Saturday, June 30, 2007

Law School Terminology

When you go to law school there is a whole new vocabulary to learn, no matter what law school you attend. Here's a few key ones.
1L, 2L, 3L: means first-year law student, second-year law student, and third year law student, respectively.
Gunner: the person who always raises their hand, even when not asked a question, is always prepared, and never missed. We love to hate them. Here's an interesting post about
Res Ipsa Loquitur: The thing speaks for itself.
Res judicata: Parties in the case are bound by the decision.
Blackacre: Mythological piece of land always conveyed (given away) to some person. It's your job as a law student to figure who owns it!
Jurisdiction: Most simply, the ability of a court to hear a certain type of case. You'll learn about it in Civil Procedure.
Student Bar Association. The law school student government.
Tort: Unlike in the real world, a tort (no "e") is a negligent or intentional civil wrong recognized by law as grounds for a lawsuit.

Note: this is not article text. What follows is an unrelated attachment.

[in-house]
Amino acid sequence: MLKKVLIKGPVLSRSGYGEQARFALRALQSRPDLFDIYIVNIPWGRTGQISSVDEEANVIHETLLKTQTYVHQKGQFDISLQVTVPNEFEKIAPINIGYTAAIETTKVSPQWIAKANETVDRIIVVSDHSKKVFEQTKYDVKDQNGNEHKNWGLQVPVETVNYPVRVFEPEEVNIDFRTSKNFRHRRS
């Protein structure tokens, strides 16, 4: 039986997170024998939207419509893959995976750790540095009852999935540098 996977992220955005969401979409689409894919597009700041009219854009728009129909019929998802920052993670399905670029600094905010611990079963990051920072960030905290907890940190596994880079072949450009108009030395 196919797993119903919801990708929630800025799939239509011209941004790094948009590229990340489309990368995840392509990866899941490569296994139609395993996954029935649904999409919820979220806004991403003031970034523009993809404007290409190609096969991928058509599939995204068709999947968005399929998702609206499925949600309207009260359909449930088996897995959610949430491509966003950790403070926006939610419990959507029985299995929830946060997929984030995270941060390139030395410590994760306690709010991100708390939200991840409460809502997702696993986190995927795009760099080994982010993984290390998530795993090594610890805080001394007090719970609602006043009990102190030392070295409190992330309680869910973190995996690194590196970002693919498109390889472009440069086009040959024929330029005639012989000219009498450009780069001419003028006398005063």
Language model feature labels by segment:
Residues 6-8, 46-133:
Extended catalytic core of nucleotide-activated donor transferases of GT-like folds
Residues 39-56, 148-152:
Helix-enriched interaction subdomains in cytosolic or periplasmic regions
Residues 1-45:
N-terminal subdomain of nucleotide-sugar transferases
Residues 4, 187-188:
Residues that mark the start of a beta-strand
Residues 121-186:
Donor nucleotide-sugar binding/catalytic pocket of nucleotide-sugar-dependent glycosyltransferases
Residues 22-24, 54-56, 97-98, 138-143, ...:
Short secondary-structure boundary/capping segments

OCI: The system set up for only the top 30% to get jobs, leaving the rest of us hanging. Actually, OCI is the system used at most law schools to allow students to bid on firms they'd like to interview with, the firms choose the students they wish to interview.

Friday, June 29, 2007

Advice for the Jobless

Okay, so I heard about this blog after visiting, but it offerred good advice for those 3Ls graduating without a job. Law Career Blog In your job hunt, you really have to be persistent and apply for jobs regularly and tell EVERYONE that you are looking. Like Law Career Blog said, you can't be too picky for the first job, because it inevitably won't be your last. For those who have jobs on graduation, continue to support and encourage your jobless friends!!!